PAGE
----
So, I finished the quince jelly, which turned into lightly quince flavored vanilla syrup…

I ran out of sugar, and my mom had a pretty jar of vanilla sugar. So… I decided to use the vanilla sugar for the quince and I ended up not cooking the mixture long enough (I think) and the result was that the jelly didn’t gel as much as it is supposed to.

When I had my mom sample it she was trying really hard to tell me that it tasted like quince, but since she wasn’t particularly familiar with quince, she had a hard time detecting it. So now I have three jars of quince vanilla syrup that I am planning to use to sweeten poached pears in the winter… the jars look pretty anyway, the vanilla seeds are suspended in the mixture.


Vanilla Sugar

My mom had some really fresh organic vanilla beans from a family farm in Costa Rica. She puts several beans in for 3 or 4 cups (or more) of sugar. You can leave the bean whole, or scrape out the seeds, which mix nicely with the sugar.

This sugar works really well for lots of things! To flavor hot milk, jams, pies, spiced fruits, etc!!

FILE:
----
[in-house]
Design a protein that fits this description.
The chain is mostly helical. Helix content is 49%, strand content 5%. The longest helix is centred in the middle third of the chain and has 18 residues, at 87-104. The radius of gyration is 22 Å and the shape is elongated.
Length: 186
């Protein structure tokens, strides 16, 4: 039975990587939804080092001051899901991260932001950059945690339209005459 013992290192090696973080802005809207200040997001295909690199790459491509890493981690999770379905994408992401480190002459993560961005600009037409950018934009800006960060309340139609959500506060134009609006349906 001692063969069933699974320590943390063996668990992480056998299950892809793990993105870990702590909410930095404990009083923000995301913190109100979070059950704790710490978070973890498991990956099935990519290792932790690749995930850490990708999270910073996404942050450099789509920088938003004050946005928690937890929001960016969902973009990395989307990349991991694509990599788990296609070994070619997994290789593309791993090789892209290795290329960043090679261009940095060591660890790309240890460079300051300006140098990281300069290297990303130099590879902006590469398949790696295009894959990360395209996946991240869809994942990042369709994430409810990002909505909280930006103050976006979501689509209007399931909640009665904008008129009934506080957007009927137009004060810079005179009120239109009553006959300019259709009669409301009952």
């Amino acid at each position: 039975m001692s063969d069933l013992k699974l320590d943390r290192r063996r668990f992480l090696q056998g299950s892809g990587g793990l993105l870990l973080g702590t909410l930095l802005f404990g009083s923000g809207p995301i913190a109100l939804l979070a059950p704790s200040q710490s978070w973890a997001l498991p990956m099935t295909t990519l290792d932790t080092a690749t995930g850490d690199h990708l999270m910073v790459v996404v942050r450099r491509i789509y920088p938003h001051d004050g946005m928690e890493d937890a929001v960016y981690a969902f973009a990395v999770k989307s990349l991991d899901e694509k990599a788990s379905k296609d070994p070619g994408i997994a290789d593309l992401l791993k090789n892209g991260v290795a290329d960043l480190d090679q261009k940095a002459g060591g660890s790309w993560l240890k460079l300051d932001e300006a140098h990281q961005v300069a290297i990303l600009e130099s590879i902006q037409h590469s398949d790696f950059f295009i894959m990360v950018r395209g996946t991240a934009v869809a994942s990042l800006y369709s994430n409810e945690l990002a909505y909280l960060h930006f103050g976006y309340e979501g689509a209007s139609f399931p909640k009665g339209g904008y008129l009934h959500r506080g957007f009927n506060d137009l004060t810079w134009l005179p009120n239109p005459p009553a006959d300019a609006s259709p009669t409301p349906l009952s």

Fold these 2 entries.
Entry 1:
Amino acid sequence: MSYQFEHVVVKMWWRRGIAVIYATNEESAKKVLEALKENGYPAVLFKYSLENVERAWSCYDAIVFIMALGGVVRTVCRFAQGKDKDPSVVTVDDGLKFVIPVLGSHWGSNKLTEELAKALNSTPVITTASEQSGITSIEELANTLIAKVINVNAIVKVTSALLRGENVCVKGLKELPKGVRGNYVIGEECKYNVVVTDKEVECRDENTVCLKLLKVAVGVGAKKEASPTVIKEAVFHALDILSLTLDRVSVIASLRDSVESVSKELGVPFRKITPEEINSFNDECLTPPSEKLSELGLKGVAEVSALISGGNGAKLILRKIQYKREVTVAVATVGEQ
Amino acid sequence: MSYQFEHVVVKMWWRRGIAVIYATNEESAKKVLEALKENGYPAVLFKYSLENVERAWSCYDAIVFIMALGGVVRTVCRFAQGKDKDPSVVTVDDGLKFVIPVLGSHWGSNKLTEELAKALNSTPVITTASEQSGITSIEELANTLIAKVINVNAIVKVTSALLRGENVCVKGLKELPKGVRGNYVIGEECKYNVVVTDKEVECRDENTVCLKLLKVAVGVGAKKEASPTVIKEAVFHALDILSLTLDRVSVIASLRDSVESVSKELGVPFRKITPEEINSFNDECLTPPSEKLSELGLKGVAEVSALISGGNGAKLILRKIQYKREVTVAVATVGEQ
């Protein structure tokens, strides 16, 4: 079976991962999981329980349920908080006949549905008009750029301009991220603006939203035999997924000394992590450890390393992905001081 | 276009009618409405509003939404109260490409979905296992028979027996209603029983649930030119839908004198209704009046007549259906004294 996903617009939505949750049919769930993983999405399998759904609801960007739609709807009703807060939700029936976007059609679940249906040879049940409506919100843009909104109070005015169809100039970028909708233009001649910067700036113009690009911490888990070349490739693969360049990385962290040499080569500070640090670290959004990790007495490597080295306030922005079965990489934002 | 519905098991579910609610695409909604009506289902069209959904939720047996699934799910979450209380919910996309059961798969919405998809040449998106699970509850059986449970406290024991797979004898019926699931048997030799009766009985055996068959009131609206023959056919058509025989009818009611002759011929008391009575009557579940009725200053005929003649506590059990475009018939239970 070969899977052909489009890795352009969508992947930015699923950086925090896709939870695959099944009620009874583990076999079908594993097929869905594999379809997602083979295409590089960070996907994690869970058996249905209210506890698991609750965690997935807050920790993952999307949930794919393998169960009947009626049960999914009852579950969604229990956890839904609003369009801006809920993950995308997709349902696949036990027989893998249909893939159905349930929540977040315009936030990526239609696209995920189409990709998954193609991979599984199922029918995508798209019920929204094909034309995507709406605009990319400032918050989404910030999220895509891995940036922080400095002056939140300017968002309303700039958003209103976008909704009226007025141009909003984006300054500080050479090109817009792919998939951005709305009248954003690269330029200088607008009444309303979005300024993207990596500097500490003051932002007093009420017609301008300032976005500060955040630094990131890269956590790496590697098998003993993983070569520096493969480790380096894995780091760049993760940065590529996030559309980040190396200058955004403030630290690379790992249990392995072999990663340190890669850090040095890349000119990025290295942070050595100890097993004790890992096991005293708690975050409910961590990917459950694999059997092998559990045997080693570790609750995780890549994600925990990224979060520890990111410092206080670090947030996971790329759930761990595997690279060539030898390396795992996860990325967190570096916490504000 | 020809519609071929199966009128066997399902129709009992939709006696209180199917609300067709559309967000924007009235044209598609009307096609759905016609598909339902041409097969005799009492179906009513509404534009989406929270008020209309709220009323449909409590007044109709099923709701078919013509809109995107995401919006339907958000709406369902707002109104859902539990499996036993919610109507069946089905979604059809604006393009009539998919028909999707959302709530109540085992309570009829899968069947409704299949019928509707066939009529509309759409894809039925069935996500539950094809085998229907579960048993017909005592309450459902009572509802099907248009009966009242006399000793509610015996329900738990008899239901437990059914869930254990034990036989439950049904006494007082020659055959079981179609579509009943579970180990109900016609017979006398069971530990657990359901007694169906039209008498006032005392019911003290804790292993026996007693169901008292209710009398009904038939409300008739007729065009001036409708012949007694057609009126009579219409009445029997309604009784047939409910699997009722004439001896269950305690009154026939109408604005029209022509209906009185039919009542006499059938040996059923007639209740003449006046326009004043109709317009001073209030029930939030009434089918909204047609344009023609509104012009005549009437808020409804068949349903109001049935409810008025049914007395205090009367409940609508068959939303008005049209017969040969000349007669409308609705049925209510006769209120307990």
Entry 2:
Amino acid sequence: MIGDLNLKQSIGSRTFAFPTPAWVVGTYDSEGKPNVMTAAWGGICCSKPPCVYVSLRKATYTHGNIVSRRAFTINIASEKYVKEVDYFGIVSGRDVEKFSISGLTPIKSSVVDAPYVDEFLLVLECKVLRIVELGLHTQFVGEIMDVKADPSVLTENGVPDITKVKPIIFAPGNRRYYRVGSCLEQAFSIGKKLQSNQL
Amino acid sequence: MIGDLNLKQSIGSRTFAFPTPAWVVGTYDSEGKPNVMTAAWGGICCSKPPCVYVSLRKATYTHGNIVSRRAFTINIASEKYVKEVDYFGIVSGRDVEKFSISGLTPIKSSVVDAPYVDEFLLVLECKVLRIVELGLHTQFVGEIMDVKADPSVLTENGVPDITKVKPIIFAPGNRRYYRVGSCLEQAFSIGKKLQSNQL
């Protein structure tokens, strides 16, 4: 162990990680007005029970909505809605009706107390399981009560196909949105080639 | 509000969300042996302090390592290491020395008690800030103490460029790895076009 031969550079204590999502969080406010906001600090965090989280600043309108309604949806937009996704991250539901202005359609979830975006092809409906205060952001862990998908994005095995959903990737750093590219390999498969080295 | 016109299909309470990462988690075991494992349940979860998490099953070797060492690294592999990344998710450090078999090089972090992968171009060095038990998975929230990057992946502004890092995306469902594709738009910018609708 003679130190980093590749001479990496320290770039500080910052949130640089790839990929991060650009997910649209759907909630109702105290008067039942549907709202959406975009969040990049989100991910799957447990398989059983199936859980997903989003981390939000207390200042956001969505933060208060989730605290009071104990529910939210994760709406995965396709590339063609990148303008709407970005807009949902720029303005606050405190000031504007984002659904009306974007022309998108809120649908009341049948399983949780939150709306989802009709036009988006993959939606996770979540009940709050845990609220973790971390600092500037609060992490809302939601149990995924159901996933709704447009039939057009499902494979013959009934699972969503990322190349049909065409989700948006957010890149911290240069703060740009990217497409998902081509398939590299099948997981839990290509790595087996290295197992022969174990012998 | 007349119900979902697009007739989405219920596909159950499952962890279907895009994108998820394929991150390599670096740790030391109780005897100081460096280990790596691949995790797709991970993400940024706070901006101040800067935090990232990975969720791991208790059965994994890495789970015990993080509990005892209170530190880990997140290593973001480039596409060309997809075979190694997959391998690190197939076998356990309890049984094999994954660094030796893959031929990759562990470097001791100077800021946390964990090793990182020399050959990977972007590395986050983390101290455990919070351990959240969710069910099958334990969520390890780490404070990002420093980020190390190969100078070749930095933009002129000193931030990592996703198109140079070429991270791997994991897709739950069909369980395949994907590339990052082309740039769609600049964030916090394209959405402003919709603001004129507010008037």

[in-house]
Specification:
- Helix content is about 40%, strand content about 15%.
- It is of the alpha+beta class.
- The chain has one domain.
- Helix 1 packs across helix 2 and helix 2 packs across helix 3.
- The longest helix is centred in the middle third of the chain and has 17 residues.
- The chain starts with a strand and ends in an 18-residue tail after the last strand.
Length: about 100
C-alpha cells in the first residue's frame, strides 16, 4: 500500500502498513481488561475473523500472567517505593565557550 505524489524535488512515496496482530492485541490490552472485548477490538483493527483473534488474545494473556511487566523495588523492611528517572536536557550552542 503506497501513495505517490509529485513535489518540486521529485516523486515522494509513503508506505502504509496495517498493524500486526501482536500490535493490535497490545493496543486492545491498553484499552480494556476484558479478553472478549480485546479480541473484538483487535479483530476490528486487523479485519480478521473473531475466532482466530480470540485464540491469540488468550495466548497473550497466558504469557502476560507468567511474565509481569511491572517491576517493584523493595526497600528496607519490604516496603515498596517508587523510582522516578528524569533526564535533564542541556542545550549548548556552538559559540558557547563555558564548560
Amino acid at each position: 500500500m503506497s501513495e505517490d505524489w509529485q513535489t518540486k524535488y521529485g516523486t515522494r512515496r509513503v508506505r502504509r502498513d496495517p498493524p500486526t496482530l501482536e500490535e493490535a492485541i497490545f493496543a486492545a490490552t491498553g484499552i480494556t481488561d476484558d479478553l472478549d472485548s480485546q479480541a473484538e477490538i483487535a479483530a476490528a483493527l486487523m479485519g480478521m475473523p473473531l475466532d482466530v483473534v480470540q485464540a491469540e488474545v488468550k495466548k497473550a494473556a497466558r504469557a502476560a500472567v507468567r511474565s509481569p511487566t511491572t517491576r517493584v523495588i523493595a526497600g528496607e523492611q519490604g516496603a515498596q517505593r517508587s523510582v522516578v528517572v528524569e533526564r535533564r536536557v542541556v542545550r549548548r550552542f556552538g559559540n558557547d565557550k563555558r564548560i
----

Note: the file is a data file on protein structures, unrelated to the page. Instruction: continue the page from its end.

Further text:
September 14, 2009

I am kind of obsessed with canning things. I get giddy when I find a new source for fruits or vegetables. Excited and can’t stop talking about it. Yesterday was a grape day. Today is a quince day.


Quinces are hard to find around here. Their skins and cores are full of pectin (a substance that helps “gel” jams and jellies), and make a lovely jelly. The fruit is wonderful when made into paste, jam, and sauce. My friend Jeanne from Oskaloosa has a quince tree and she is going to let me stop by and pick a bucket of quinces.

Later… Jeanne and I went out and collected some quinces. They are a smaller variety, which I think are called flowering quince. I have a recipe for flowering quince jelly which i have started.


The quinces are washed (to remove the fur on the skin) and then quartered. Their seeds are tightly clustered in the center of the fruit and are surrounded by a gel like substance (pectin?). The fruit is very hard and needs to be cooked before eating.

quince in cheesecloth

My jelly recipe uses about 3 lbs quince. I simmered the quince in my cauldron for about 1 hr until soft. They smell lovely when cooking-sweet, almost like honey. When the fruit was soft, I put them in a piece of linen cheesecloth and tied it to my cabinet. The pectin rich juice is draining into a bowl on my counter for the next 12 hrs or so..


Once all the juice is collected, it will be added to lots and lots of sugar and transformed into jelly for the fall and winter!

September 10, 2009

Tomatoes, squash, etc

Tomatoes, squash, etc